US, Canada, Mexico Agree To Replace NAFTA, Bringing Relief To US Workers, Farmers

The United States, Canada, and Mexico agreed to sign a new trade deal to “terminate and replace” the 24-year-old North American Free Trade Agreement (NAFTA).

President Donald Trump says the new agreement will transform North America into a “manufacturing powerhouse.”

The new trilateral trade pact will be named the U.S.–Mexico–Canada Agreement, or USMCA. Trump called the deal “historic news for our nation and indeed for the world.”

The partners have agreed to stronger rules of origin for autos and automobile parts that exceed those of both the original NAFTA and the Trans-Pacific Partnership.

The new deal has a 16-year lifespan, with a review period after six years, providing more certainty for business investments. According to the White House, the review period gives the United States significant leverage in pushing partners to comply with their obligations.

The steel and aluminum tariffs that the United States imposed on Canada and Mexico will be dealt with separately.

The trading partners now have 60 days to finalize the legal text and sign the agreement.

The USMCA can give Republicans another victory to point to, especially in the heartland and industrial Midwest, according to Ford O’Connell, a political analyst and Republican strategist.

“It certainly is important in the overall calculus for Republicans in their quest to hold the Senate and the House in 2018,” he said.

“But in terms of his political impact with voters, it will be a far more valuable for President Trump in his 2020 re-election bid with voters than it will be for Republicans in 2018.”

Read more from Emel Akan at The Epoch Times

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Stocks Soar On USMCA Trade Deal

America First Policies senior policy adviser Curtis Ellis, The Weekly Standard deputy managing editor Kelly Jane Torrance, Independent Women’s Forum policy director Hadley Heath Manning and CivicForumPAC Chairman Ford O’Connell on whether President Trump trade deal with Canada and Mexico is a template for future deals.

Watch the video at Fox Business

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How Would Flake Fare In N.H.? Strategists Weigh In

When Sen. Jeff Flake forced the delay of a final confirmation vote on Supreme Court nominee Brett Kavanaugh and ushered in an FBI investigation into allegations of sexual misconduct, it proved momentous. For Democrats, it was a breath of bipartisanship. For Republicans, a reckless capitulation to the other party. 

But as the Arizona senator touched down in New Hampshire on Monday amid mounting 2020 presidential primary buzz, some Republican strategists are asking whether Flake’s action during the Kavanaugh nomination process will even matter.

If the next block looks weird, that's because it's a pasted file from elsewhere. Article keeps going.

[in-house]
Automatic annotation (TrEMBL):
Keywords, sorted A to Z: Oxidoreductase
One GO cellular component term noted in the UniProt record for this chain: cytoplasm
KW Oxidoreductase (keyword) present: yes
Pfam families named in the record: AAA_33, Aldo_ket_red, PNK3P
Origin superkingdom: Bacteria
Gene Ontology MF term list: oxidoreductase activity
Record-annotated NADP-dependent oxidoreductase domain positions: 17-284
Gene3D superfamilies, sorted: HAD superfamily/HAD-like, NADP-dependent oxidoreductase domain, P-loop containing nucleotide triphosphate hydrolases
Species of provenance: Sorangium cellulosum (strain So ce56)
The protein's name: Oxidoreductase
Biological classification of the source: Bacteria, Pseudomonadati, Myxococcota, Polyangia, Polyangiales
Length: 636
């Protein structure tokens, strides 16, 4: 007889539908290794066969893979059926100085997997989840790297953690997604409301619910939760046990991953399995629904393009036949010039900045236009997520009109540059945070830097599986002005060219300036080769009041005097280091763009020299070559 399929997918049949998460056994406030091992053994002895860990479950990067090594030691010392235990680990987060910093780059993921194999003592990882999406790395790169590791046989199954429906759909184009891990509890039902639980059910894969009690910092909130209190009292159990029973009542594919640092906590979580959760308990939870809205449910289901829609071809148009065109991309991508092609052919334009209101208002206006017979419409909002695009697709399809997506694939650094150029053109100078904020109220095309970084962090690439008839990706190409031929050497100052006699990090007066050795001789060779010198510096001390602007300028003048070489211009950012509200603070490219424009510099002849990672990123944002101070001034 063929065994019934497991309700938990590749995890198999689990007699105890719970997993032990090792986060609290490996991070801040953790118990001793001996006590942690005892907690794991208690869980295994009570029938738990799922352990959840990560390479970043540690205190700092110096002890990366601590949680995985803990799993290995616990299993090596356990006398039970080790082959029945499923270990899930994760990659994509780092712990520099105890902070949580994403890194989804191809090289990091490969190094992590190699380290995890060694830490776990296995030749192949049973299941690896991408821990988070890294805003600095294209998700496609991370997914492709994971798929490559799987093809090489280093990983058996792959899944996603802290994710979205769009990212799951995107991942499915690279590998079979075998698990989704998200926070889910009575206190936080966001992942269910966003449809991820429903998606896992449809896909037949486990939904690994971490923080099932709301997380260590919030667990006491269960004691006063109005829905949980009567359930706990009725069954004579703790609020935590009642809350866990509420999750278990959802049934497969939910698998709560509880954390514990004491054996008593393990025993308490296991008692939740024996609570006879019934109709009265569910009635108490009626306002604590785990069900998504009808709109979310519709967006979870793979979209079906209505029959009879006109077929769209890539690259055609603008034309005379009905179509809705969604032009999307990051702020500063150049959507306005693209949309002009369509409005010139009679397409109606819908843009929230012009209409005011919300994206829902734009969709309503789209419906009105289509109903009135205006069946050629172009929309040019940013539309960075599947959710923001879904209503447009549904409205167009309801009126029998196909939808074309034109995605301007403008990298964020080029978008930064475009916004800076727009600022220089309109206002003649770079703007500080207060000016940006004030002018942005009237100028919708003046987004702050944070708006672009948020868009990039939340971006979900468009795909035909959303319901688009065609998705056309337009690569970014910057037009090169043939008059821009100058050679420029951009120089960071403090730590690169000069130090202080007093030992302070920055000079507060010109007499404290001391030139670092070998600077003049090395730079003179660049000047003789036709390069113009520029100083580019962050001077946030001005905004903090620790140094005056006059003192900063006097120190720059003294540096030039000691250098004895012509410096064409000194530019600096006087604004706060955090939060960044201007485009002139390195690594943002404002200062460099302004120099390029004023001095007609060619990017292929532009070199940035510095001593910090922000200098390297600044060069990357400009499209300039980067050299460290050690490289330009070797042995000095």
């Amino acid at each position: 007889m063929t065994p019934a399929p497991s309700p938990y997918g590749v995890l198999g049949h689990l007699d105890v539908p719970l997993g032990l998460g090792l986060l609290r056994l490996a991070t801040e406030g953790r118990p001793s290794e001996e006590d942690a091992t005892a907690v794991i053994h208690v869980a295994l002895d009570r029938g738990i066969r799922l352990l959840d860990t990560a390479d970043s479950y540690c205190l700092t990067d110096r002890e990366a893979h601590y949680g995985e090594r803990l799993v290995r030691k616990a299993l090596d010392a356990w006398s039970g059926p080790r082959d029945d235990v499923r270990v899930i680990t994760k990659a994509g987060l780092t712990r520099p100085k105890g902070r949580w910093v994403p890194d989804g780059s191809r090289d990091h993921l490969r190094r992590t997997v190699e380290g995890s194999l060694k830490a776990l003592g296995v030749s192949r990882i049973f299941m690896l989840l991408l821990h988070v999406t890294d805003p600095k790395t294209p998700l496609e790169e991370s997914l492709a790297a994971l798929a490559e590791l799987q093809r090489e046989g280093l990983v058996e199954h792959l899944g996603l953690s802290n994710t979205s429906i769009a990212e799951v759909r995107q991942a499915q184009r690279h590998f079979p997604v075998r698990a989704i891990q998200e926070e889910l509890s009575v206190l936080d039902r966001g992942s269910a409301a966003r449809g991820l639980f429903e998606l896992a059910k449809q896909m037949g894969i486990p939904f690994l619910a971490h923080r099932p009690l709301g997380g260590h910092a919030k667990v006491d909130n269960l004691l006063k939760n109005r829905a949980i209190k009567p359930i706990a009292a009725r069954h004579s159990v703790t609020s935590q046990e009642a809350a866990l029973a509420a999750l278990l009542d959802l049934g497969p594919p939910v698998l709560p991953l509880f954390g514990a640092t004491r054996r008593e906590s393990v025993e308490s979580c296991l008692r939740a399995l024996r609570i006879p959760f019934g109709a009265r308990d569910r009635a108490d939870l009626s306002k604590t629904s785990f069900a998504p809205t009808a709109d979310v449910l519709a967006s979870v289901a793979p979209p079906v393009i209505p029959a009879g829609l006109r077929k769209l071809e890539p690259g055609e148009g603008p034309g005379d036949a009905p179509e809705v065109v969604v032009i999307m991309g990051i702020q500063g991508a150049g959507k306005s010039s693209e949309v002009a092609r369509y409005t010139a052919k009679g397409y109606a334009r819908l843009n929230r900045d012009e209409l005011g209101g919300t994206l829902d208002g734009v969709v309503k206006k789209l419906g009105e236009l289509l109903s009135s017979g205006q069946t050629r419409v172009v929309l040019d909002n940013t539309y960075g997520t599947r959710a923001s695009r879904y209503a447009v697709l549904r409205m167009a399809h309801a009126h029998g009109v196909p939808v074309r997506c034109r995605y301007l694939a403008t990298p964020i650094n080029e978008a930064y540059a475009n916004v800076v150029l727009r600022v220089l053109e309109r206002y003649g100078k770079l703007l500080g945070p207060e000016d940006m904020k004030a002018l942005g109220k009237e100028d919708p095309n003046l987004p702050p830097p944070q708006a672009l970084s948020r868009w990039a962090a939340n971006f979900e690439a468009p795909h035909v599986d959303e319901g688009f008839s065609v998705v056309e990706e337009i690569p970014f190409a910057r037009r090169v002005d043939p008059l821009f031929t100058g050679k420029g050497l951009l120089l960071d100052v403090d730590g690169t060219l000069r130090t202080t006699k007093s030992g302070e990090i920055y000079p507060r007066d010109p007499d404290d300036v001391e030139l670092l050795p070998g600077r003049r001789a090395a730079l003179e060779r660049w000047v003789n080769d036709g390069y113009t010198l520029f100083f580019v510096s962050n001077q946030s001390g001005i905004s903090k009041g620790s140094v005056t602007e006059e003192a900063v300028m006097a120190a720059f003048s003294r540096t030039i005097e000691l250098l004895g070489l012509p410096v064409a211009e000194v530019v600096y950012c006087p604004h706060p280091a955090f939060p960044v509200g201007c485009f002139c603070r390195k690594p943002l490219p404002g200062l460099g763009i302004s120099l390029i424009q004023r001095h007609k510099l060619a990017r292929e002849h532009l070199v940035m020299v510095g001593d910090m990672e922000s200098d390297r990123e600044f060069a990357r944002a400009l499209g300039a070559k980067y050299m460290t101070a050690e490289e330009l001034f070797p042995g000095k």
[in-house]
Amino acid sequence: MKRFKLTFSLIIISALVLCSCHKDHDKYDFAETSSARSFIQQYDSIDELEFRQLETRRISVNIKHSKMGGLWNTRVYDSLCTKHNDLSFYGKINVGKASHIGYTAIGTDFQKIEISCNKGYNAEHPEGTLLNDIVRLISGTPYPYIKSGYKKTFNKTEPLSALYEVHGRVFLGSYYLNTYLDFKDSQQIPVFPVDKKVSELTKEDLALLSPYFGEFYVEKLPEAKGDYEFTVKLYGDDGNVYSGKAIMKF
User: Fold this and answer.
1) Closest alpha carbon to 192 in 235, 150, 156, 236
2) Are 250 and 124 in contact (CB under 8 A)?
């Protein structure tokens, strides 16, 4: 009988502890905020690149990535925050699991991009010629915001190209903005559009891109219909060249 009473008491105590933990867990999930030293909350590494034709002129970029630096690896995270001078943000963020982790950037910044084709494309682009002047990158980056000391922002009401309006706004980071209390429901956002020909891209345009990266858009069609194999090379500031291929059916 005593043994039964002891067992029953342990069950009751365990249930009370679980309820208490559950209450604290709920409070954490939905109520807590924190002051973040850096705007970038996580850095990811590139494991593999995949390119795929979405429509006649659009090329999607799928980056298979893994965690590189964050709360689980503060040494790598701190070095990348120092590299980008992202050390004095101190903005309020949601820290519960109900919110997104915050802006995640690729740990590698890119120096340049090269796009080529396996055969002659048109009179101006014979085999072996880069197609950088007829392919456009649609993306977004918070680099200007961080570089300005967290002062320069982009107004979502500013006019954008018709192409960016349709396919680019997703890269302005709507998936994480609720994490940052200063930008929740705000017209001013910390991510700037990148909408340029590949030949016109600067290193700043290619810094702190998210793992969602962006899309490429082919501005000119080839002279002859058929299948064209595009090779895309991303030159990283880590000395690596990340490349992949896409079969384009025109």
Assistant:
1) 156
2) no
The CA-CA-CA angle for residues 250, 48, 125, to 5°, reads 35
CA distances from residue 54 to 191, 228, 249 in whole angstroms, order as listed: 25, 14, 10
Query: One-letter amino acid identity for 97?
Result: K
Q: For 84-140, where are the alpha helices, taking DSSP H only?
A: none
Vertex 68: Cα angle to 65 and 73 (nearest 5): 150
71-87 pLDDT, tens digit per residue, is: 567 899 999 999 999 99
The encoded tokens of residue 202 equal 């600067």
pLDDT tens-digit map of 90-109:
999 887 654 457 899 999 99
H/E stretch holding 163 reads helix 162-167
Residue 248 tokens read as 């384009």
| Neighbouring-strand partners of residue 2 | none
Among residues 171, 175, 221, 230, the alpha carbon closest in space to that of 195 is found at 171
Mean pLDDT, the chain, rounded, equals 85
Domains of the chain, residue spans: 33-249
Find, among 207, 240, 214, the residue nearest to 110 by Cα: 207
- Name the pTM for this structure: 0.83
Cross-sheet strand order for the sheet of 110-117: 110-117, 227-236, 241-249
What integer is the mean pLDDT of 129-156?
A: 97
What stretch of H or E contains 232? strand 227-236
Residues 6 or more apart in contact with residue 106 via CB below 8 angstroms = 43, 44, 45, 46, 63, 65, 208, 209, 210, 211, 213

It could cement his reputation as a peacemaker, the last defender of the dying era of civility, a narrative he pitched to an audience at St. Anselm College Monday evening. Or it could further irritate Republicans who saw a safe bet to transform the Supreme Court in Kavanaugh, and a careless and a self-centered disrupter in Flake. 

More likely, Republican analysts say, it won’t change anyone’s mind. 

To Republicans, voting no and bucking what for Republicans is a near-consensus choice on the Supreme Court could be the ultimate tactical error, strategists said. Whatever allies he makes on the left and middle would not likely stick by his side in 2020, many warned.

“When it comes to Supreme Court judges of the federal judiciary, Republicans of all wings of the party are pretty much on the same page,” said Ford O’Connell, a former aide to the McCain presidential campaign in 2008. “… And I don’t see the Democratic party base, even in a presidential primary, giving him the time of day.”

Read more from Ethan DeWitt at the Concord Monitor

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U.S. Deputy Attorney General's Job Hanging In Balance, Partisan Animosity Sensed In Washington

After Monday's flurry of conflicting U.S. media reports, it remains unknown whether U.S. President Donald Trump will fire Deputy Attorney General Rod Rosenstein.

But if that happens, Democrats will be up in arms, as Rosenstein is supervising the investigation into whether Trump's campaign colluded with Russia to clinch the 2016 presidential elections.

The two are slated to meet at the White House on Thursday, but it remains unknown what will happen. Some experts believe firing Rosenstein would be too risky a move for Trump.

The issue highlights the ongoing probe over whether Trump's campaign team colluded with Moscow in a bid to clinch the 2016 presidential elections, as Rosenstein is supervising the investigation into the controversial matter, which is headed by Special Council Robert Mueller. Trump has called the investigation a "witch hunt," while Democrats continue to support the investigation.

Should Rosenstein get the ax, there will likely be an outcry among Democrats.

GOP Strategist Ford O'Connell told Xinhua it is unclear how the Russia probe would be impacted if Rosenstein were fired.

"But politically, the Democrats would be screaming to high heavens and that's what you have to think about," he said.

Indeed, in the lead up to November's mid-term elections, a Rosenstein firing could galvanize Democratic voters to head out to the ballot box, and that would be bad for Trump, some experts opined.

Read more from Matthew Rusling at Xinhua 

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Republicans Are Slowly Warming to Climate Change—Is it Already Too Late?

As Hurricane Florence took hold of the Carolinas in mid-September, partisan talk swirled like the winds.